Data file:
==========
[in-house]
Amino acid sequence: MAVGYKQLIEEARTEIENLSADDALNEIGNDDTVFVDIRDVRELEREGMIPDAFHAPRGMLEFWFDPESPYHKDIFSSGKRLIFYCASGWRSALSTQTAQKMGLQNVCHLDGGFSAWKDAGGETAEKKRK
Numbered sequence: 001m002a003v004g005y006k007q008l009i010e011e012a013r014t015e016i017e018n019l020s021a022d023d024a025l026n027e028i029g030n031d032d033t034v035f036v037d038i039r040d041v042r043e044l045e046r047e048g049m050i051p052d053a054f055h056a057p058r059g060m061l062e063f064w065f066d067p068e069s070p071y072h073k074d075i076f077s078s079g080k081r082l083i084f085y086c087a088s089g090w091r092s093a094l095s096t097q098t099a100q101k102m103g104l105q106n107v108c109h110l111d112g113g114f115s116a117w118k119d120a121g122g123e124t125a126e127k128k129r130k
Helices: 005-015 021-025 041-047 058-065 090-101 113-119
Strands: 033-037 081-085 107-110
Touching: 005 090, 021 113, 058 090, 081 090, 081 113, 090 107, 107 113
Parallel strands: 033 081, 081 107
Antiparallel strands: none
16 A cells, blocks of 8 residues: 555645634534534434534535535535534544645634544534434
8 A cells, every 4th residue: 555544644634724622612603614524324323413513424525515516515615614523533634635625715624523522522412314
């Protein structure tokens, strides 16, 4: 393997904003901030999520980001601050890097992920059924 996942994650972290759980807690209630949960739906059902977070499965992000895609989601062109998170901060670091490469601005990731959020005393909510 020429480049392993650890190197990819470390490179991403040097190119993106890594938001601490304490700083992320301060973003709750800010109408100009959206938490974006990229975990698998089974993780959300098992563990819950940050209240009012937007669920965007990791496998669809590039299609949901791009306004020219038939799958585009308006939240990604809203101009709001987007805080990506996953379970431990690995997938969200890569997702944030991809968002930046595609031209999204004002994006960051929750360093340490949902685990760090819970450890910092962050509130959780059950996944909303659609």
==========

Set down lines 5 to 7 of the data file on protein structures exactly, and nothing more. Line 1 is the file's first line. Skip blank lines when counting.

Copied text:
Strands: 033-037 081-085 107-110
Touching: 005 090, 021 113, 058 090, 081 090, 081 113, 090 107, 107 113
Parallel strands: 033 081, 081 107